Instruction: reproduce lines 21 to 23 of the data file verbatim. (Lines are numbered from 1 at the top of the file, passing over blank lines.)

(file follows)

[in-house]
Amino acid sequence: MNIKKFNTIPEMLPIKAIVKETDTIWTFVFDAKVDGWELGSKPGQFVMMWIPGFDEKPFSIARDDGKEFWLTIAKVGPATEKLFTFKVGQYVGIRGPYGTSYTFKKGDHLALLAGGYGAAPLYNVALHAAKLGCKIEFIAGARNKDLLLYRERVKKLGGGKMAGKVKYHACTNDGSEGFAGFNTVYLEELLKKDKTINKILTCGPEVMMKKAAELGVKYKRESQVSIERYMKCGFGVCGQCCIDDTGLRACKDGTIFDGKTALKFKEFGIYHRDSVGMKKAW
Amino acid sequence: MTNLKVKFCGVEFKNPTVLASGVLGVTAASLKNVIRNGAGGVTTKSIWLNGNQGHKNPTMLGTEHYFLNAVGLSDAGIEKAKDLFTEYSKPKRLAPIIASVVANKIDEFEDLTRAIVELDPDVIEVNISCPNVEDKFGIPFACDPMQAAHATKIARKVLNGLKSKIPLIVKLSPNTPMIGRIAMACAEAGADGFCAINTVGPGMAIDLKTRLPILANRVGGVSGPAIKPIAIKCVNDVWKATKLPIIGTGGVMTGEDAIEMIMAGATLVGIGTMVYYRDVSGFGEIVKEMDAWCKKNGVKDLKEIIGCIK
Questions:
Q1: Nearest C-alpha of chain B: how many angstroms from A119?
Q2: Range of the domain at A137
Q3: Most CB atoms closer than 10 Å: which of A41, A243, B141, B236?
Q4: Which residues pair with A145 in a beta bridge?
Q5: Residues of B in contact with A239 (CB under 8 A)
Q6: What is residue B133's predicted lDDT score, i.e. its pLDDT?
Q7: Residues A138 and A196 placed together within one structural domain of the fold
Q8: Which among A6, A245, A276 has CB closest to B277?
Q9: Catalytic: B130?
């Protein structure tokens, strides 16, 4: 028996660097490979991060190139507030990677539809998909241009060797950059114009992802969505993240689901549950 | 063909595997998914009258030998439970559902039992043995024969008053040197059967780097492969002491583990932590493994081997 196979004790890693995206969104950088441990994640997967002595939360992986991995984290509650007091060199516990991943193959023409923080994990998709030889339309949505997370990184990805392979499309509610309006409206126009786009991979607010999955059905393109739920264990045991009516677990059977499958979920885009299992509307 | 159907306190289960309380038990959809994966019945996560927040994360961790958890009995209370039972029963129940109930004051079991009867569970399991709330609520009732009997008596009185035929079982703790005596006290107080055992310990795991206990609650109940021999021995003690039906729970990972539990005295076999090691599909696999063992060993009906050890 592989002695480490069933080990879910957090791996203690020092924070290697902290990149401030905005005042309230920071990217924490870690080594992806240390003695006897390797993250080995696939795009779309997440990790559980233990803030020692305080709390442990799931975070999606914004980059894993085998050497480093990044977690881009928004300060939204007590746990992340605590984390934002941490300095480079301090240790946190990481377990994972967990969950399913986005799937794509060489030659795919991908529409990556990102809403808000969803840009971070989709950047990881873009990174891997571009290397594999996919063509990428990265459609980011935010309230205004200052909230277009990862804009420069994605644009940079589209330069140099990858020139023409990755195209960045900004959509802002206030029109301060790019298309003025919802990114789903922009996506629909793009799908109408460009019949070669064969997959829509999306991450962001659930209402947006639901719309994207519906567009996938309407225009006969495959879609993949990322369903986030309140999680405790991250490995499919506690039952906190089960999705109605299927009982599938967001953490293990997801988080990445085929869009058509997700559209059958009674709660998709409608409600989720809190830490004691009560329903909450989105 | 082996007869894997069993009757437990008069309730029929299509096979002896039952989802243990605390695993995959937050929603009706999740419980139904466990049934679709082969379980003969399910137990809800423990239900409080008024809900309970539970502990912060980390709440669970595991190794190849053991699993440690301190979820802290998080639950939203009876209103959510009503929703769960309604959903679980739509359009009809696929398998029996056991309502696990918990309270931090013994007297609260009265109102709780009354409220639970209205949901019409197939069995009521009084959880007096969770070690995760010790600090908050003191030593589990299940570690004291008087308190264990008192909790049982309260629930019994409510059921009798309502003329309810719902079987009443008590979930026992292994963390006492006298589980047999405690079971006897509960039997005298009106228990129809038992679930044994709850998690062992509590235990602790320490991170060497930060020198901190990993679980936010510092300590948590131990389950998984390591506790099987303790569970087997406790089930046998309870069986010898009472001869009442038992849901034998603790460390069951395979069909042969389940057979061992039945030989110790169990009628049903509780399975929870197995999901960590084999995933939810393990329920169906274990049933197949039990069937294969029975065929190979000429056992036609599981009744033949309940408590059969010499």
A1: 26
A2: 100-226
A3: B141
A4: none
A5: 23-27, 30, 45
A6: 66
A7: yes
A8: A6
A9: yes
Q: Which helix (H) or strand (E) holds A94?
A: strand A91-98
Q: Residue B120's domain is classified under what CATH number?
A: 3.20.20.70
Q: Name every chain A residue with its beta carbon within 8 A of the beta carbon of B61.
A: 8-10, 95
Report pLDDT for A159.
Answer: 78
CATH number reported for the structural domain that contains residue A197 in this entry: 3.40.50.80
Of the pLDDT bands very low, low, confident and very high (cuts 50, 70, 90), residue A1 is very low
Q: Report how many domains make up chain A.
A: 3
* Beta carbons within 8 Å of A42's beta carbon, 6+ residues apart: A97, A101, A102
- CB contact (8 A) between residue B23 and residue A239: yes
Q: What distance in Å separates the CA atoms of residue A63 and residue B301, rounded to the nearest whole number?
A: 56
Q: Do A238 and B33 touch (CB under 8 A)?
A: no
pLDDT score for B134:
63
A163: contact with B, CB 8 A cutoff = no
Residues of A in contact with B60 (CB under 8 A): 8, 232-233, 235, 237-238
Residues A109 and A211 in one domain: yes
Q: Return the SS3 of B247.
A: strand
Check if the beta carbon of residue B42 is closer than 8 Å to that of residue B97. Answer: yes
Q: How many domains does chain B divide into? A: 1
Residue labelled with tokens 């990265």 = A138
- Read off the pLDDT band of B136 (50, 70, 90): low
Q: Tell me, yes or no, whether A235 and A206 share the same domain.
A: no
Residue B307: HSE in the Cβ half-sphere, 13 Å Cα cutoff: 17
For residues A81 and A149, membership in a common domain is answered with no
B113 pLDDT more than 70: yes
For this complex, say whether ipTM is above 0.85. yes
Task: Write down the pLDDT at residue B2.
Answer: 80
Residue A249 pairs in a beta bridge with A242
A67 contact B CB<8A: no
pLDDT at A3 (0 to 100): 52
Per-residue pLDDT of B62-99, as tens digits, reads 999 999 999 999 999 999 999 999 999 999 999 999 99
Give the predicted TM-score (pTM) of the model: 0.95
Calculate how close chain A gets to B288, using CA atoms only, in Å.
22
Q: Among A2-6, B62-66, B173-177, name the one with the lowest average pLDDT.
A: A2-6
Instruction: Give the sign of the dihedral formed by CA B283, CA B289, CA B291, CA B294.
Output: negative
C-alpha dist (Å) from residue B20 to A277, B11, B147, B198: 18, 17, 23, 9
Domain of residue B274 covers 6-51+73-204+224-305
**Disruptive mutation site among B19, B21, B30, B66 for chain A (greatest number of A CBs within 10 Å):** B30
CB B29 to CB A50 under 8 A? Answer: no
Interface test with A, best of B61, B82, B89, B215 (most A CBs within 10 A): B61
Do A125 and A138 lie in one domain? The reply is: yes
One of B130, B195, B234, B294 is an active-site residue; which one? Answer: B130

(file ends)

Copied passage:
A7: yes
A8: A6
A9: yes